Can you imagine Roseanne without Roseanne Barr? ABC can. Less than a month after canceling the top-rated sitcom reboot in the aftermath of a racist tweet by the actress, the network announced it was bringing back the series sans its titular star.
"We are grateful to have reached this agreement to keep our team working as we continue to explore stories of the Conner family," executive producer Tom Werner said of the revived series, which is tentatively titled The Conners. Sara Gilbert, who co-stars as daughter Darlene Conner and executive produced the reboot, is expected to become the show’s central figure, with more focus on her children: rebellious teen Harris Conner-Healy (Emma Kenney) and gender-fluid Mark Conner-Healy (Ames McNamara). "I’m so excited," Sara said of the project.
That’s a feeling shared by her fellow cast members, all of whom will return to their roles for a 10-episode season this fall. "We have received a tremendous amount of support from fans of our show, and it’s clear that these characters not only have a place in our hearts, but in the hearts and homes of our audience," Sara, along with John Goodman, Laurie Metcalf, Michael Fishman, and Lecy Goranson, said in a statement. "We all came back last season because we wanted to tell stories about the challenges facing a working-class family today. We are so happy to have the opportunity to return with the cast and crew to continue to share those stories through love and laughter."
When the network announced it was moving forward without Roseanne, she issued her own statement, saying, "I regret the circumstances that have caused me to be removed from Roseanne… and I wish the best for everyone involved." She expressed even more emotional remorse in a podcast interview with Rabbi Shmuley Boteach that was recorded only two days after the scandal broke but released to the public several weeks later: "I’m so sorry that I was so unclear and stupid… I’ve lost everything."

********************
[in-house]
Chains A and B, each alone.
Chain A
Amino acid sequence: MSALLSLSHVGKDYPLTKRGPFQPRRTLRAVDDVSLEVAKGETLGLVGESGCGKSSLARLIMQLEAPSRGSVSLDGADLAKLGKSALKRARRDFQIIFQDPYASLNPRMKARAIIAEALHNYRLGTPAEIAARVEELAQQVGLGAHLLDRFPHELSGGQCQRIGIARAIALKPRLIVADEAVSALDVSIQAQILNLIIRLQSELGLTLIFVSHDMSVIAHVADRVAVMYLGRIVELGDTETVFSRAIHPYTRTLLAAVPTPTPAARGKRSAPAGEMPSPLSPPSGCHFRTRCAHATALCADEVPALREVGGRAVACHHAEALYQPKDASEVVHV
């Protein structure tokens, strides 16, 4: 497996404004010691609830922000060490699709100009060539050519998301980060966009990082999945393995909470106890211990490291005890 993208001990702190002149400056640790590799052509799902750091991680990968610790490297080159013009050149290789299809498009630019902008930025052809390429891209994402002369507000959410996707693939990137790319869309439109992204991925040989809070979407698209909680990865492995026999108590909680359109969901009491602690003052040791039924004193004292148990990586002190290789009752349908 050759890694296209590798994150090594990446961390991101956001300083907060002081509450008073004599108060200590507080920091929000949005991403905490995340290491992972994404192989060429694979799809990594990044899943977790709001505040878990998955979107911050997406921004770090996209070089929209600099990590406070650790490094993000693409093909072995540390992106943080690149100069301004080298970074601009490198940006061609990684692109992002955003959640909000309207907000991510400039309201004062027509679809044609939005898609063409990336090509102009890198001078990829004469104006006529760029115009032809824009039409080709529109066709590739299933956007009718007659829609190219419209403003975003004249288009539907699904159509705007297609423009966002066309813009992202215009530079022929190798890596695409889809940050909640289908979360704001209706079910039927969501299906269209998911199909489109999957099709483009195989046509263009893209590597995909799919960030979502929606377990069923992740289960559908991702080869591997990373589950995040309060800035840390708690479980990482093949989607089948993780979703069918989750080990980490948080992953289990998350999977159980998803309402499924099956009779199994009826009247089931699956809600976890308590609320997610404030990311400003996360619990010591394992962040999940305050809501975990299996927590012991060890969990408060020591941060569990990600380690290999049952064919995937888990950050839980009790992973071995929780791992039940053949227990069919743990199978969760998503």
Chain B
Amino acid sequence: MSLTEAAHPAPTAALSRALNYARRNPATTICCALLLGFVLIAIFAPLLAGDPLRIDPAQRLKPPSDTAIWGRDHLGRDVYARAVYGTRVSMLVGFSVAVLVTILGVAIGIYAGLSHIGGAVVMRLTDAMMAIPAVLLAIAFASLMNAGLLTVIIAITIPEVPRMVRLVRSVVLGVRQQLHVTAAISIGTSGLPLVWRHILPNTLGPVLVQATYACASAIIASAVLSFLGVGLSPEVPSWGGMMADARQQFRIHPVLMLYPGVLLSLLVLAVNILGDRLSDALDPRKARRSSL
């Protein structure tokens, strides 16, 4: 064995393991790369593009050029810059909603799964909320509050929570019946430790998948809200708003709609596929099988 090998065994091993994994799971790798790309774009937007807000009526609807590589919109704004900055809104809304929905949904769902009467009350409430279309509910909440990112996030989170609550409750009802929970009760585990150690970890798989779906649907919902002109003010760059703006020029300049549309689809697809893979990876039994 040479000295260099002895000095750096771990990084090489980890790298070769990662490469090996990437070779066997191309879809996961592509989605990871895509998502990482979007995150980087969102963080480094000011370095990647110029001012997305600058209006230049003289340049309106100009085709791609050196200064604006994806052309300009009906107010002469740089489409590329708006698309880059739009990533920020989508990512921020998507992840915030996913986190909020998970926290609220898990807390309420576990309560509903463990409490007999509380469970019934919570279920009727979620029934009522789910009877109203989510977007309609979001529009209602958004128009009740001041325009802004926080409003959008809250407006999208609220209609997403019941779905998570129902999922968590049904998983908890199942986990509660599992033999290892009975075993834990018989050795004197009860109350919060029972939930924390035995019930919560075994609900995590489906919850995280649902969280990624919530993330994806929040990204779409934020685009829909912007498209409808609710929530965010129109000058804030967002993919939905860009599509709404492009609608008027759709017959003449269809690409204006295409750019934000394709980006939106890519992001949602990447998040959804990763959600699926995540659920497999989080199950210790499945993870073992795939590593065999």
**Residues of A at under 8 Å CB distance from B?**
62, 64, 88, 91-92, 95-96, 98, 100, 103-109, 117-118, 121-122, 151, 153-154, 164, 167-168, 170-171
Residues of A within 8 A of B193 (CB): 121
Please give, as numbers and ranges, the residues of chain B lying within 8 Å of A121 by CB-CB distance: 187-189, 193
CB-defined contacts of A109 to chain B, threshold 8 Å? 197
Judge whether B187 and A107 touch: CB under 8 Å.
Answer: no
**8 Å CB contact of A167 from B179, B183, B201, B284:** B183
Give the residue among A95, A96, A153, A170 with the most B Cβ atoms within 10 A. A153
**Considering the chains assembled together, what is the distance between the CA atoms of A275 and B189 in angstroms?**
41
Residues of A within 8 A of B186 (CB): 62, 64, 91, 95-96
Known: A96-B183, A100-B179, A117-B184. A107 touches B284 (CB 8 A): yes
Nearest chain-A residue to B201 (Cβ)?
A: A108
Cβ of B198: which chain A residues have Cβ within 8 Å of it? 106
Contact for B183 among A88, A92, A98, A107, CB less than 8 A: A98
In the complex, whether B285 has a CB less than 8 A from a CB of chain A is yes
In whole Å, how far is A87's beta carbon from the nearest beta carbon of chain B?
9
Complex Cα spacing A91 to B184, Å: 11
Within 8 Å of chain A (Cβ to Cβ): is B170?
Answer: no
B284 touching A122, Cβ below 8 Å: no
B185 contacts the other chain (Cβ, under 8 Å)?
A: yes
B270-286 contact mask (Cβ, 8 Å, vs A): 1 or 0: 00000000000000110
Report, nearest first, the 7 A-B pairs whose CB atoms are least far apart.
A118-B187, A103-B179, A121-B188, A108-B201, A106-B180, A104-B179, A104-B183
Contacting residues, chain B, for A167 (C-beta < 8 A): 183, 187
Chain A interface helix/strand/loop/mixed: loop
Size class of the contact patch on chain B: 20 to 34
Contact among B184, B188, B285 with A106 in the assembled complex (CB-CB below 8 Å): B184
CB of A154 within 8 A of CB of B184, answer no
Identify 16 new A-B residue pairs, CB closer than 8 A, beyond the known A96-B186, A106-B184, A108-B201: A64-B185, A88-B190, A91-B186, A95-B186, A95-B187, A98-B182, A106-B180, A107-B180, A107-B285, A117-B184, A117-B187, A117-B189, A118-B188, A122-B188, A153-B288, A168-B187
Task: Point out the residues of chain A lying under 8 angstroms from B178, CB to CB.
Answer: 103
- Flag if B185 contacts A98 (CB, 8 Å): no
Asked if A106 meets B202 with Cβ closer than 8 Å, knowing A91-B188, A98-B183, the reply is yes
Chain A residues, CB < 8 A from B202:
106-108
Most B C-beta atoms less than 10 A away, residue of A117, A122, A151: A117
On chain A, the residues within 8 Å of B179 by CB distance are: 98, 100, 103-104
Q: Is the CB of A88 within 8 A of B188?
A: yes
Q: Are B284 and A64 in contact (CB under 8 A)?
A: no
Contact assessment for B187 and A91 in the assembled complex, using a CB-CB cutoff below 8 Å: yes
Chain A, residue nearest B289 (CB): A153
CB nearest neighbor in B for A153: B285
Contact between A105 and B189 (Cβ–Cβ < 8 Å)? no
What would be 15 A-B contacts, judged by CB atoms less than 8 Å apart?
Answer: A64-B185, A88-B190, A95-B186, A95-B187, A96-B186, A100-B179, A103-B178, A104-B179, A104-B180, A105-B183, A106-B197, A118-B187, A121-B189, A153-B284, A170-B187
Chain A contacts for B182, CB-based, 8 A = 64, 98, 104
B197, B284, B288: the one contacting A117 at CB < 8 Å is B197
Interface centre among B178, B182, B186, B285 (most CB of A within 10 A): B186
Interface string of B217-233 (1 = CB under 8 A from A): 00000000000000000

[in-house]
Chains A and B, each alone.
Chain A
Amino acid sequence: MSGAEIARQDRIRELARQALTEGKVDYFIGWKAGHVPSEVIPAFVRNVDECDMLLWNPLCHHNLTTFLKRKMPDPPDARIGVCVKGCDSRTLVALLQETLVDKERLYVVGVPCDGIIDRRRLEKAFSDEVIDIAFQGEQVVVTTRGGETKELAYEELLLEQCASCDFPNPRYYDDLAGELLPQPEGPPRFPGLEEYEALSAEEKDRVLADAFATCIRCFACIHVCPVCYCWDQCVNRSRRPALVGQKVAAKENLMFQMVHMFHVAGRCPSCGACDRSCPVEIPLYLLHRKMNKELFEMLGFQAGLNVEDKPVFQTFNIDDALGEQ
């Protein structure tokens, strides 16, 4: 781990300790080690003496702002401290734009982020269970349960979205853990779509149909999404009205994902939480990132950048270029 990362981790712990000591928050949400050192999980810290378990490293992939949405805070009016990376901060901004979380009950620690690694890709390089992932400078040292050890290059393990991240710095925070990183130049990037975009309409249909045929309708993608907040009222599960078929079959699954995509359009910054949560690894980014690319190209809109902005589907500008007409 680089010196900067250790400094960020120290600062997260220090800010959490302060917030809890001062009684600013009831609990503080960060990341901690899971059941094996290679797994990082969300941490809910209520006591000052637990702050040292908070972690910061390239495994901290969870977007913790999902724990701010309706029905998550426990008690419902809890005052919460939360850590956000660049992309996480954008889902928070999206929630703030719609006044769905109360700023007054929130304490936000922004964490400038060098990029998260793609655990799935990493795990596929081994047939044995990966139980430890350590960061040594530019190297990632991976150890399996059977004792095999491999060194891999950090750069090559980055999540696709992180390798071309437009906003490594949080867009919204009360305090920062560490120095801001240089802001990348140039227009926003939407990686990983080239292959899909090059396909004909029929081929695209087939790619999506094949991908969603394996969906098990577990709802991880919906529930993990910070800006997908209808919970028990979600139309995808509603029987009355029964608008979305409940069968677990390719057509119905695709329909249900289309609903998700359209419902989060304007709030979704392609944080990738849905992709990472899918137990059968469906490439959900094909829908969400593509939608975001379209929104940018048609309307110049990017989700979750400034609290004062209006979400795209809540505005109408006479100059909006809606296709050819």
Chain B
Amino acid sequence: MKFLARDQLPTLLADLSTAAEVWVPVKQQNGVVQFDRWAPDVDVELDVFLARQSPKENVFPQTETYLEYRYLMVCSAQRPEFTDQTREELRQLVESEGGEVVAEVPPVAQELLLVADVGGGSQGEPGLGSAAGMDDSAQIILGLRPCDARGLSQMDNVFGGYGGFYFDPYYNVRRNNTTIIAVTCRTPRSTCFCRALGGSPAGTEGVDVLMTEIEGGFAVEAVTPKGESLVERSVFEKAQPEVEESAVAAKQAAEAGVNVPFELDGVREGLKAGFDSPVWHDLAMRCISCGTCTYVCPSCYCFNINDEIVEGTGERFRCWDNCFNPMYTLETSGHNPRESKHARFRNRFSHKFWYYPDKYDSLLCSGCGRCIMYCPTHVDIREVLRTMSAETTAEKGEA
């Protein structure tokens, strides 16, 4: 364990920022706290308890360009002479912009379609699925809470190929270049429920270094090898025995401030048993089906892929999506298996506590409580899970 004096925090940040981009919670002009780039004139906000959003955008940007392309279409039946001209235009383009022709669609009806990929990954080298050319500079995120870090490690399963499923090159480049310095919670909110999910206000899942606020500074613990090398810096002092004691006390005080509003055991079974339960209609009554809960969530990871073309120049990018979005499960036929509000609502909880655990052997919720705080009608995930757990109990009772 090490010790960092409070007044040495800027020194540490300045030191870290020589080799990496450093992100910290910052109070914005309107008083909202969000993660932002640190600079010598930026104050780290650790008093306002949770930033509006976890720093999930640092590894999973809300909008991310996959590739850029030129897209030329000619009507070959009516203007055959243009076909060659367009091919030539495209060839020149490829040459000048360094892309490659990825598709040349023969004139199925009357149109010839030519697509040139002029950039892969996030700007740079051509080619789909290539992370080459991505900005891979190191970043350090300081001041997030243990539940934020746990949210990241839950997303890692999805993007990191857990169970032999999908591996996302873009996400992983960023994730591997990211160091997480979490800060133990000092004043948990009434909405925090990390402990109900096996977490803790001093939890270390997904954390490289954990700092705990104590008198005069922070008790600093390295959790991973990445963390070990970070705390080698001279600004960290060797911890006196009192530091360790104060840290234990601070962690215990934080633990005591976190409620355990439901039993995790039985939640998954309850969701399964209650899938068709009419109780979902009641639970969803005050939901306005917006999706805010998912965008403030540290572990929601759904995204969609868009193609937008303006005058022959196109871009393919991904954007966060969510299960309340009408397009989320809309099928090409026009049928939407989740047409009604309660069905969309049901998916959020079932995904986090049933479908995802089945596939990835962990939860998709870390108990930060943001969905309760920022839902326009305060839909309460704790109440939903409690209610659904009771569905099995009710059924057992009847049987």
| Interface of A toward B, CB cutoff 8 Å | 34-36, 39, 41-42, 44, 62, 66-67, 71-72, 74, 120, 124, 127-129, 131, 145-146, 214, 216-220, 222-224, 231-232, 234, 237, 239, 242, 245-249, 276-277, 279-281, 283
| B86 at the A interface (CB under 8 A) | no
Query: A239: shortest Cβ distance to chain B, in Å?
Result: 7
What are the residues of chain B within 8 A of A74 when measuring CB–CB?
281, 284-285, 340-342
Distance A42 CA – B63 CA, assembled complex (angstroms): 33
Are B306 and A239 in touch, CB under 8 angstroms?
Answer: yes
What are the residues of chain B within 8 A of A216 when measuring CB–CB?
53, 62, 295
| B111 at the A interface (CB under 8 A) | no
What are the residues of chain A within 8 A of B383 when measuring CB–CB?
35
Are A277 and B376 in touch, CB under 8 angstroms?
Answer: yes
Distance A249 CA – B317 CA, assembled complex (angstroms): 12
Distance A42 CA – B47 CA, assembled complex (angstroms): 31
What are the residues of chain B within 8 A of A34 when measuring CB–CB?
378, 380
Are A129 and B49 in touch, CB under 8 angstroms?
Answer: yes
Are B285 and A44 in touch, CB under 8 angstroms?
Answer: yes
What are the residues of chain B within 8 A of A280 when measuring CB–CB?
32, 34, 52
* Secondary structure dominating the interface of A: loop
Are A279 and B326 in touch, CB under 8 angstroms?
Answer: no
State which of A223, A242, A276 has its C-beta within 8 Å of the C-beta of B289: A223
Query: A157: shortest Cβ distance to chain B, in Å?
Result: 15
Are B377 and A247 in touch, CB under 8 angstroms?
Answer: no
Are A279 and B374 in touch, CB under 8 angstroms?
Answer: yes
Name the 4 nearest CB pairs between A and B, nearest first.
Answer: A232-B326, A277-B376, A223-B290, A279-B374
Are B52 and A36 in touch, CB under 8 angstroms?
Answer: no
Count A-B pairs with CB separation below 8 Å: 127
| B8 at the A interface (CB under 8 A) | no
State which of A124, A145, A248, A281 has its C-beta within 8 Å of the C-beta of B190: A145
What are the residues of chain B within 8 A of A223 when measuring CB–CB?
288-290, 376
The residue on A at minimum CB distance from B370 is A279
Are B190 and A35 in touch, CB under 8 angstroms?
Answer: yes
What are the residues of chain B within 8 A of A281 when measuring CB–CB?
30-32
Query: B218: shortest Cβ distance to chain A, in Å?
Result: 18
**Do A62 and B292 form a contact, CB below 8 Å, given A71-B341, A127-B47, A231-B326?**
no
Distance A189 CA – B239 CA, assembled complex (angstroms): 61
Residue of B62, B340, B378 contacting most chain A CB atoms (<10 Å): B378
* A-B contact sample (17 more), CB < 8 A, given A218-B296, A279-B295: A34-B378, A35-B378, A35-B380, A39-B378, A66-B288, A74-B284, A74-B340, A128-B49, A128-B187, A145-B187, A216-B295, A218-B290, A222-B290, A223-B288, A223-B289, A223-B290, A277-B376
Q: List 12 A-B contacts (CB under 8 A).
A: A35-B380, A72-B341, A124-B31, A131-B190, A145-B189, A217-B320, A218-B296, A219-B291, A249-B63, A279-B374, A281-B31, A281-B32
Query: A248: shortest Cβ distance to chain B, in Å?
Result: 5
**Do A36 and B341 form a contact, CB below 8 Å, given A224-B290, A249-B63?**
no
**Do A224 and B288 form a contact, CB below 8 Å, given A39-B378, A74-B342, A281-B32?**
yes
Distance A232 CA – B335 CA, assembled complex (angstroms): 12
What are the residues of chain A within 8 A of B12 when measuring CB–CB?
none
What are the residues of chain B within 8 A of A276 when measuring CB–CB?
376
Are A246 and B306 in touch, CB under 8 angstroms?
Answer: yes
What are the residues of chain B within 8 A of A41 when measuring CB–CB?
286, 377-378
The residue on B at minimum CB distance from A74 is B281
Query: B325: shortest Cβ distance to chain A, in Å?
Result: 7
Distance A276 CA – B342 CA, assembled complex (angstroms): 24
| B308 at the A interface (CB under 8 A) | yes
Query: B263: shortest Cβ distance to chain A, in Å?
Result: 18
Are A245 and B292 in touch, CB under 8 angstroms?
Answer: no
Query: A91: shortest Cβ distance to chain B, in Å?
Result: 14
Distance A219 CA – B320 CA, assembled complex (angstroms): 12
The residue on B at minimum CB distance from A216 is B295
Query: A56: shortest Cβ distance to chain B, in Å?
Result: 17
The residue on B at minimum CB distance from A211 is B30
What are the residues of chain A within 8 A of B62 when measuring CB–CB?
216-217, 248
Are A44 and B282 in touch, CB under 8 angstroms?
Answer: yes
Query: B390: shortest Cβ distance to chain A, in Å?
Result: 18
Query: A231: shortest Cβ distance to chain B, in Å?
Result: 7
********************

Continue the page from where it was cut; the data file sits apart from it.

Most of her co-stars "feel sorry for Roseanne," an insider exclusively told Closer Weekly in the magazine's latest issue, on newsstands now. "They didn’t like what she said, but she never said those things on the set."
The fate of her character remains unknown. In last season’s finale, Roseanne Conner was battling an opioid dependency and preparing to undergo life-threatening surgery. According to the network, "After a sudden turn of events, the Conners are forced to face the daily struggles of life in Lanford in a way they never have before." That description led some to suspect Roseanne’s character will be killed off, just as the characters of problematic stars Valerie Harper and Charlie Sheen were on Valerie and Two and a Half Men, respectively. "They don’t want to make Roseanne’s absence an ongoing storyline," the insider said. "They want a clean break."
To achieve that, Roseanne, 65, agreed to receive no credit or money for the new season. "That was a major surprise," said the insider. "No one really thought she would go that quietly." But Roseanne claims she has "agreed to the settlement in order that 200 jobs could be saved." But she has, and the show will move forward. "The Conner family represents acceptance," said star Emma. "I feel so blessed to be able to show that this fall."
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